In an electoral polity increasingly driven by money and muscle power, his ability to successfully crowd-source the desired amount of 70 lakhs as part of electoral expenses (despite a cyber attack which led to the payment link being off for a considerable period) is nothing short of a miracle.

It also reflects the success of his campaign in reaching out to a vast section of society. Unless the stranglehold of corporate power over electoral politics is broken, we may never have true freedom and economic justice. Kanhaiya’s campaign provides the hope of regaining control of economic decision-making for the benefit of the general public whose ability to elect a representative of their choice would no longer be curtailed by brute money or muscle power.

His ability to galvanise public opinion cutting across caste, religion and social barriers provides a strong voice to the progressive forces which are fighting to defeat the onslaught of Sangh Parivar’s brazen communal politics.

Kanhaiya’s on-ground campaign appears to have reached every nook and corner of Begusarai. His social media campaign on the other hand has crossed state and national boundaries to make Begusarai a hot-seat with considerable interest of the international media as well.

India badly needs more candidates like Kanhaiya Kumar, Shehla Rashid and Jignesh Mevani. For many of us who were born in the mid-80s and grew up in the 90s, Kanhaiya symbolises the hope of an India which remains a secular, liberal and a tolerant society which provides space and voice to every section including the deprived castes.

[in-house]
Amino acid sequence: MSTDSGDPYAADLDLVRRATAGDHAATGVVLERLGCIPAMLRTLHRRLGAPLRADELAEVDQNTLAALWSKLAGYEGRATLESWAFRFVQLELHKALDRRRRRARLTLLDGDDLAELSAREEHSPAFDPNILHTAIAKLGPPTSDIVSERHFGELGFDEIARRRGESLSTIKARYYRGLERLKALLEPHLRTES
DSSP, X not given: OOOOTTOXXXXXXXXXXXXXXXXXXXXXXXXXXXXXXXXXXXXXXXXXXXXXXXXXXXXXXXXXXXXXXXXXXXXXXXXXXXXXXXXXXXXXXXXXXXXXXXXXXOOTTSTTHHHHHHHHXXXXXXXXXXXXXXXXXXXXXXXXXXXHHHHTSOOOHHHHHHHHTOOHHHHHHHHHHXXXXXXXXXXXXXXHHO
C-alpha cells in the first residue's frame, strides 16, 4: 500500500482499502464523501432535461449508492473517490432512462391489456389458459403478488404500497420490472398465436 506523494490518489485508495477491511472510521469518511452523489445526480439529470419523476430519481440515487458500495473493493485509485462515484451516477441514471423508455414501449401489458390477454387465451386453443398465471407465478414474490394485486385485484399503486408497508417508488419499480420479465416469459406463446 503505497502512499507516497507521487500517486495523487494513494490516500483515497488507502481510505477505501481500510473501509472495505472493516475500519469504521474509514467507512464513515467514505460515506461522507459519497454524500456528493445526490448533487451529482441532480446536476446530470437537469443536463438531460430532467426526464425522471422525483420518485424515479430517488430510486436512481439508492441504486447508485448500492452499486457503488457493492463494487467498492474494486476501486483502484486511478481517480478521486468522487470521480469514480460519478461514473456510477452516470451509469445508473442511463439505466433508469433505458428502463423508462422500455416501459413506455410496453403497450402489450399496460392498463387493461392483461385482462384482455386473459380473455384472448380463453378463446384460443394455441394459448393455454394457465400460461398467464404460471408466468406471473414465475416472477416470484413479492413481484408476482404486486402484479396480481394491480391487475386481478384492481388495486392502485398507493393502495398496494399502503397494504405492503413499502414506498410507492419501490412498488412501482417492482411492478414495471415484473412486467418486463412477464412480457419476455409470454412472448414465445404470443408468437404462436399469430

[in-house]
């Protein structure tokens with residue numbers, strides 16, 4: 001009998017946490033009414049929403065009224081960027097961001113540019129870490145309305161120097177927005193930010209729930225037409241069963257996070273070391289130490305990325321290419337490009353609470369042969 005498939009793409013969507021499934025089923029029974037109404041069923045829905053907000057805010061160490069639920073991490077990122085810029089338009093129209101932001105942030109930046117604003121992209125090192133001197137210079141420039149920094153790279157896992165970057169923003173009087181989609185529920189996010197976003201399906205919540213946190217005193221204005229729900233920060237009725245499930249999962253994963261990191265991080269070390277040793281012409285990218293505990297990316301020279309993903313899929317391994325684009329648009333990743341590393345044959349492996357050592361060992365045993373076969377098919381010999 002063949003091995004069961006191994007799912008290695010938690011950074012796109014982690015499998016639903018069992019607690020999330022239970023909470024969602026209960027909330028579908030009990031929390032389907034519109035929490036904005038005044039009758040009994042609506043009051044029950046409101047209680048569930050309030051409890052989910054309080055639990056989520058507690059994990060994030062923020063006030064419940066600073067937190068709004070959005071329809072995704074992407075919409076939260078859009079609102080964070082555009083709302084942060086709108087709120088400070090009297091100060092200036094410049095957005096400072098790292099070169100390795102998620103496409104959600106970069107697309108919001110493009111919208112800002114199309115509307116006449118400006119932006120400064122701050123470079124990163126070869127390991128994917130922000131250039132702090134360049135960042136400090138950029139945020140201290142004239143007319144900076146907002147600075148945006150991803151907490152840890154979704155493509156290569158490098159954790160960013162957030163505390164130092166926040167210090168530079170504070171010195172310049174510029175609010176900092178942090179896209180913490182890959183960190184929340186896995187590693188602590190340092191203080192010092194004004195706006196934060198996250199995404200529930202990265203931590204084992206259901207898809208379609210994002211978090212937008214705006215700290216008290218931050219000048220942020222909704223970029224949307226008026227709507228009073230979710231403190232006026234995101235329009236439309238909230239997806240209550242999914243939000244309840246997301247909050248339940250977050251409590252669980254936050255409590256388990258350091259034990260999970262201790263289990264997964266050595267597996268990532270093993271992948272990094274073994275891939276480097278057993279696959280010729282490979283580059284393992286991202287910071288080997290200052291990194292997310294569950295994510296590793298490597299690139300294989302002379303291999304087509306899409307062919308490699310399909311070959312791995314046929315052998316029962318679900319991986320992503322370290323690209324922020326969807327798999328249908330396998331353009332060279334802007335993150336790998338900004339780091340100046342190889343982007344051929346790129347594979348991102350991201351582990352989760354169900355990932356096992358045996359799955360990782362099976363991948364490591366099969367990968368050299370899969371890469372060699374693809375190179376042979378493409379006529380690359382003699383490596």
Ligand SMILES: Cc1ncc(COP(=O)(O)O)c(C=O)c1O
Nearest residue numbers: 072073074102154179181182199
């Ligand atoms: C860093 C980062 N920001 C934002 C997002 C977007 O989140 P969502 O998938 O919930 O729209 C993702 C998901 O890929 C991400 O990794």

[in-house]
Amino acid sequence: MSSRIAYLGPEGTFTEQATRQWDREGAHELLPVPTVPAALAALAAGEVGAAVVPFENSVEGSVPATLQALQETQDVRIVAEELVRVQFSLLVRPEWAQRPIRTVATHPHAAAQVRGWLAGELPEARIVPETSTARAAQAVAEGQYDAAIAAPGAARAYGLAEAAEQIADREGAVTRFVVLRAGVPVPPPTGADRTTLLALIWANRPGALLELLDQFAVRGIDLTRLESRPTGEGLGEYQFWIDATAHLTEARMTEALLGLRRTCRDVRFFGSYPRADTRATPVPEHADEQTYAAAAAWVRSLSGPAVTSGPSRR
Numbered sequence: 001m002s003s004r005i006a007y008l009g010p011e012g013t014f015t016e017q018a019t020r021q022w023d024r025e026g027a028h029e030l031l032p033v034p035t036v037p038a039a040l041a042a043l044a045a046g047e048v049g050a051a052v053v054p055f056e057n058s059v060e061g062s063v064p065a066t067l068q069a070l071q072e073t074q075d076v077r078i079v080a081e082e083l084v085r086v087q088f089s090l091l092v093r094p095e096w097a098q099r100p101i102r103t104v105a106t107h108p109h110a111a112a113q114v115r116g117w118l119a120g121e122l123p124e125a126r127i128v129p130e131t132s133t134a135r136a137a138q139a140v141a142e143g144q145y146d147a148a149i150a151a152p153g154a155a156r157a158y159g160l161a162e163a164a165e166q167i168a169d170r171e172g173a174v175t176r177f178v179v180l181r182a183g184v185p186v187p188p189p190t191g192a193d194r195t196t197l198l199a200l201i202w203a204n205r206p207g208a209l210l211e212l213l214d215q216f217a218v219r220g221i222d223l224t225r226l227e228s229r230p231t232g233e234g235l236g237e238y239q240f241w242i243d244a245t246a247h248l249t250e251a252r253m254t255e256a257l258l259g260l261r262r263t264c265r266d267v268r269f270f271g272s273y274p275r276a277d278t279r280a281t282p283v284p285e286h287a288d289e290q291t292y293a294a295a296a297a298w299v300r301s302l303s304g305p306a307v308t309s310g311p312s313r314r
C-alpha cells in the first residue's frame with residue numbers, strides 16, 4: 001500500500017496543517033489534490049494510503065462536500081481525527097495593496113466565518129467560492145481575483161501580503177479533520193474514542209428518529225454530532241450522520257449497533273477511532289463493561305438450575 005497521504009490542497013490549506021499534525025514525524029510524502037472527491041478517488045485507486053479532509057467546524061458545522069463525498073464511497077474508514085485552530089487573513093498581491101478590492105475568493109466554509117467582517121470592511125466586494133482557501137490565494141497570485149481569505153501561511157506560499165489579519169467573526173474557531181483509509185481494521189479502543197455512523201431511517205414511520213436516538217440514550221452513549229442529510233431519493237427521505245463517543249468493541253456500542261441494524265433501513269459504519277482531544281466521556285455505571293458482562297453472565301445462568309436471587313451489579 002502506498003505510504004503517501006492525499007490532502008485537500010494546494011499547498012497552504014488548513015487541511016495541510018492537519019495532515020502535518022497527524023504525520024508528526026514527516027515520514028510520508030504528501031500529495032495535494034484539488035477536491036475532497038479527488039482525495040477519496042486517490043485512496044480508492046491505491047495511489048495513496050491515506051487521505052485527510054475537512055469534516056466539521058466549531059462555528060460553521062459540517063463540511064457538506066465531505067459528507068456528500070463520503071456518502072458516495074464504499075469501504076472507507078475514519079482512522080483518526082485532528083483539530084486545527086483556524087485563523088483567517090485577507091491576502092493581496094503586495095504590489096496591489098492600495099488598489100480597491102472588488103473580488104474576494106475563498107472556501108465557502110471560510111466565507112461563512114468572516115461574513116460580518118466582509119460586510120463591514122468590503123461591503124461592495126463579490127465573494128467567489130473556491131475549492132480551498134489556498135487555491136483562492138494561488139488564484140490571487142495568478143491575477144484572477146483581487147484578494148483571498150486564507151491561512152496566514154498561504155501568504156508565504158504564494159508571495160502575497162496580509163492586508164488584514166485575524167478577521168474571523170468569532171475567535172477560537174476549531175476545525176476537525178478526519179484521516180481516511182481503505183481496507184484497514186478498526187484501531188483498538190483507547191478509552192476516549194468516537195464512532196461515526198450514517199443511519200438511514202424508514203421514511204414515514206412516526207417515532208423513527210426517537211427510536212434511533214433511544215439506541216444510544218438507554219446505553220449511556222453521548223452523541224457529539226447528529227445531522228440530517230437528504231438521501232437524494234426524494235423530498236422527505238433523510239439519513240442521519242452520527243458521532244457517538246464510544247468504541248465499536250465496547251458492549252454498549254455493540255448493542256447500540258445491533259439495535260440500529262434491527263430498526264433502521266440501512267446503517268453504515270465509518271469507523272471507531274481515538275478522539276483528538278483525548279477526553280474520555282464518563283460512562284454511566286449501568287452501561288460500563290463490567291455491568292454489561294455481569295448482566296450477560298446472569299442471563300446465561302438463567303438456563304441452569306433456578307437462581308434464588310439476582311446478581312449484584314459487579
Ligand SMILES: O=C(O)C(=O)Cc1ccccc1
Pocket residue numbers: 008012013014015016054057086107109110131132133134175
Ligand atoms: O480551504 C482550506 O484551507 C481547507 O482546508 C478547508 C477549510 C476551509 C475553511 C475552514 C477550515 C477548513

We were after all the last generation born in Nehru’s socialist India before the Congress party ushered in privatisation and liberalisation in the early 1990s. As a citizen espousing the cause of a secular, progressive and socialist India, I convey my deep gratitude to him and his fellow comrades. This “tukde-tukde gang” – to borrow a falsely attributed media phrase - represents the voice of the deprived and underprivileged masses that have been made invisible in today’s top-down model of development driven by big business alone.

The ideals of Comrade Kanhaiya Kumar, Umar Khalid and Shehla Rashid represent a moral compass for a widely disconnected and deeply polarized society. As I cast my vote in a booth in Mumbai today to oust the brazenly majoritarian Modi regime, my heart and soul were in Begusarai praying for a victory for Kanhaiya Kumar.

(The author is an alumnus of Tata Institute of Social Sciences and blogs on